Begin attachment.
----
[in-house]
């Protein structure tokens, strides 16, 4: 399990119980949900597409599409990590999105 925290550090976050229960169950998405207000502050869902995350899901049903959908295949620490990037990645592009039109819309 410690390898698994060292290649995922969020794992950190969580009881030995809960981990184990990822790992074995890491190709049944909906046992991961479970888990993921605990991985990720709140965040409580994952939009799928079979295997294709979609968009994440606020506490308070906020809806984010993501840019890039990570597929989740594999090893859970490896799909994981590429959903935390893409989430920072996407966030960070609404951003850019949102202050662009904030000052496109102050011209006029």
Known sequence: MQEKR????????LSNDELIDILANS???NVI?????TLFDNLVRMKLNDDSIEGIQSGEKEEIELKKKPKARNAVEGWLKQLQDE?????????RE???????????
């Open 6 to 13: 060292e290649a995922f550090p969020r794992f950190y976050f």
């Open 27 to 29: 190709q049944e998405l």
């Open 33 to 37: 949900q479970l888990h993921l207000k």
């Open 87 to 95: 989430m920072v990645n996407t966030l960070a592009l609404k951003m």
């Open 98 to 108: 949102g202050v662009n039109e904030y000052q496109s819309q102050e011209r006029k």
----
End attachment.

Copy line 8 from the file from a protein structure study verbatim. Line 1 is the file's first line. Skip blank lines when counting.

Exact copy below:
């Open 98 to 108: 949102g202050v662009n039109e904030y000052q496109s819309q102050e011209r006029k």